Saturday, 15 September 2012

Heaven and Hell (1980)

Heaven and Hell (1980)Heaven and Hell is one of the oddest of all movies made by Shaw Brothers studios. Made in 1980, it’s a bewildering mix of genres. Director Cheh Chang was one of the most revered of all Hong Kong martial arts film directors but with this movie he really let himself go.

The movie opens in Heaven. The maid Xixiao is one of the servants of the Queen Mother, but when she makes a fairly minor mistake during a ceremony she is sentenced to 300 lashes. This establishes one of the film’s major themes - that injustice is equally common in Heaven. on Earth and in Hell. Her boyfriend intervenes, there is a fight, and the two lovers eventually make their escape from Heaven to the mortal world.

One of the guards of the Heavenly Portal, Xin Ling, is banished to Earth for failing to prevent the lovers’ escape. He is killed while trying to dave the life of the mortal version of Xixiao.

Heaven and Hell (1980)

After this brief interlude on Earth Xin Ling finds himself in Hell. After witnessing the various refinements of eternal torture he has an encounter with the Buddha of Mercy, who tells him  that he must find four other heroes with red blood (true denizens of Hell do not have red blood) and with them he will be able to fight his way out of Hell so that they can all be reincarnated.

The first half of the movie is one of the most interesting things ever to come our of Shaw Brothers Studio. It’s a gleeful mix of king fu action, fantasy, 80s music videos, 1950s Hollywood musicals and gangster movie. Cheh Chang takes everything that has ever caught his eye and throws it into the mix. There are epic fight scenes, and spectacular musical production numbers.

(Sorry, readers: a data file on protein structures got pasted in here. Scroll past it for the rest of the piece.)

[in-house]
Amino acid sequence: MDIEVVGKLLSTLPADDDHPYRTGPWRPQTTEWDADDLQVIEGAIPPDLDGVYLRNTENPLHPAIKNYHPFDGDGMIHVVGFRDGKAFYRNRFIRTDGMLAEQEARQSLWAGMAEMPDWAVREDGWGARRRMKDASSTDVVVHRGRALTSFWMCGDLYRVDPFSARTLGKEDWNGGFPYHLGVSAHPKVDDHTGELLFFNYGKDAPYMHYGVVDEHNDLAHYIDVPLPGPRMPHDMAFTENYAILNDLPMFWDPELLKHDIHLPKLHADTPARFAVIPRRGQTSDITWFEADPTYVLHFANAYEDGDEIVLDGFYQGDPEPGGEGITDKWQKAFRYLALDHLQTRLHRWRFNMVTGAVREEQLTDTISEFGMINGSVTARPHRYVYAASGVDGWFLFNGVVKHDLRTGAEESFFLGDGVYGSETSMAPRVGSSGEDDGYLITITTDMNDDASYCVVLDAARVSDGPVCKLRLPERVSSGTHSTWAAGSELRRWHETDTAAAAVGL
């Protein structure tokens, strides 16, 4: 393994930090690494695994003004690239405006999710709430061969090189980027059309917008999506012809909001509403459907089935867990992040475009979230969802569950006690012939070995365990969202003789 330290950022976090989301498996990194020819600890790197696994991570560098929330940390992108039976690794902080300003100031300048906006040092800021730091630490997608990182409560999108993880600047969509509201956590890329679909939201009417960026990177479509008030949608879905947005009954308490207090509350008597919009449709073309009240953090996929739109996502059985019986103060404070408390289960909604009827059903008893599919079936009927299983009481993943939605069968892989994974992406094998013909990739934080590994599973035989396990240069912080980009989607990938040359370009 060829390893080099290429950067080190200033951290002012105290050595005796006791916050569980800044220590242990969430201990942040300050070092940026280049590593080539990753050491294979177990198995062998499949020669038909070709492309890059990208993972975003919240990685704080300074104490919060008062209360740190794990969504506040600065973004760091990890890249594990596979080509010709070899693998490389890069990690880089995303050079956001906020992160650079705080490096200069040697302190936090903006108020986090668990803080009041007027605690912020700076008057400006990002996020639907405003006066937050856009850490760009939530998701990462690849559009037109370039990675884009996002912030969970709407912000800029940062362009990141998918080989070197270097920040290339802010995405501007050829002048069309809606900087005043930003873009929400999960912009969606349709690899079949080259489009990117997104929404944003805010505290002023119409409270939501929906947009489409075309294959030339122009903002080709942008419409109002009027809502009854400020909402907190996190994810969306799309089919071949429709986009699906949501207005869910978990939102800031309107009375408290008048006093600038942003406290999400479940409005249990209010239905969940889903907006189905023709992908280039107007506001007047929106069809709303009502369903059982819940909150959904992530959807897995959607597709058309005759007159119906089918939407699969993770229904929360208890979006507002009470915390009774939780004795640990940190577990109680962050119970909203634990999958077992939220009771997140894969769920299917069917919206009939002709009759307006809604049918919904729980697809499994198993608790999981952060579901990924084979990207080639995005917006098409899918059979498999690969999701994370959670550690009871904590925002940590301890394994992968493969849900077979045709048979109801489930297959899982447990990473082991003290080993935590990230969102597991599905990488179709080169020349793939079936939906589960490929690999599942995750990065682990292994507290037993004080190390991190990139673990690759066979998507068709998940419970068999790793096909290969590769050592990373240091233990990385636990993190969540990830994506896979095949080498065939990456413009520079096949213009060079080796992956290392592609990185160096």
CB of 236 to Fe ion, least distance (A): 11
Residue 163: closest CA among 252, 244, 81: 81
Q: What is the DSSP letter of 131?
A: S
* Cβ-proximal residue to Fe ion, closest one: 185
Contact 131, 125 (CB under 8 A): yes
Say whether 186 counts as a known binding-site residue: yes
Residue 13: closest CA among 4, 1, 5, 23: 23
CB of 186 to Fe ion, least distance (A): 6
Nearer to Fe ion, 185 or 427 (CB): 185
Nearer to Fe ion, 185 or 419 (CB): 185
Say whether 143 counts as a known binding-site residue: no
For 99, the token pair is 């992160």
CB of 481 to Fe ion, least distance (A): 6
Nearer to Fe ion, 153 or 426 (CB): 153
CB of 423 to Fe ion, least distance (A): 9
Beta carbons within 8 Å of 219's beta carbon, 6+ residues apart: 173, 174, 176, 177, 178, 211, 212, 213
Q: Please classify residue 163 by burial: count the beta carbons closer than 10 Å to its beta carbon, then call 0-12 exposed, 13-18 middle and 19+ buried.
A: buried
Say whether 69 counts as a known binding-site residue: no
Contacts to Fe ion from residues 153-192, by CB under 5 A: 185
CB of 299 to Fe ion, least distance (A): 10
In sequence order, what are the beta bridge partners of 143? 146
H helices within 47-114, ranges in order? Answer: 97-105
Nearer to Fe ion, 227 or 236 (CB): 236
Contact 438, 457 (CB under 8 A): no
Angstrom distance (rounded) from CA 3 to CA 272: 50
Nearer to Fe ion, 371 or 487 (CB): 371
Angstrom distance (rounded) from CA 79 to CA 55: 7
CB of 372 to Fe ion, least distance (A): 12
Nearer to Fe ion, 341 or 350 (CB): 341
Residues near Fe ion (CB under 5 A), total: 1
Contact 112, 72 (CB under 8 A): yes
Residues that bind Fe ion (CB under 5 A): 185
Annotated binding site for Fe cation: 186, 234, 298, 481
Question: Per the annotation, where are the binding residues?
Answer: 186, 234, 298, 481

Heaven and Hell (1980)

Unfortunately in the second half of the movie Cheh Chang loses control of the film and it becomes just an endless succession of fight scenes. They’re often very imaginative fight scenes - the fight on the sword points is truly inspired - but the bold genre-bending of the first half is sorely missed.

Visually this movie is as impressive as anything the Shaw Brothers studio ever did. The production design is spectacular. We only see glimpses of Heaven but we see a great deal of Hell, and it’s a fascinating mixture of western Christian concepts and Eastern concepts. Much of it seems very western, until the Buddha of Mercy makes an appearance.

Heaven and Hell (1980)

It’s certainly reminiscent of western mythology, of Orpheus’s descent into the Underworld. So the western influence is not just Christian concepts of Hell but pagan concepts drawn from Greek mythology as well, but intriguingly combined with eastern ideas.

If you’re a fan of kung fu and swordplay movies don’t despair - there is plenty here to keep you happy.

And if you’re a fan of musicals you’ll adore the first half of this movie.

Heaven and Hell (1980)

This movie might not be a complete success but even when it fails it does so gloriously and entertainingly. It’s all over the place but it does have a strange visionary quality to it. A real oddity in the Shaw Brothers catalogue but worth a look. In spite of some flaws, still definitely recommended.

Image Entertainment’s DVD release can be recommended very highly - it’s a great anamorphic transfer and the colours are simply dazzling.

1 comment:

venoms5 said...

Interesting review on this oddity, D. Personally, I am not a fan of this. I saw a 65 minute version of it years ago and figured it had to be better. Well, upon seeing a nice quality English dubbed version that was the actual length, I was dumbfounded. It wasn't until collecting magazines I discovered this film began production in 1975 as simply THE HELL. Funds ran dry and it was shelved till '77 and wasn't released till 1980. This explains why some characters pop up and are never seen again. Also, a lot of footage was scrapped which were played by different actors. It's an intriguing little movie, but a failed experiment, imo. If you liked this, you might also like Chang Cheh's equally wacky THE FANTASTIC MAGIC BABY (1975).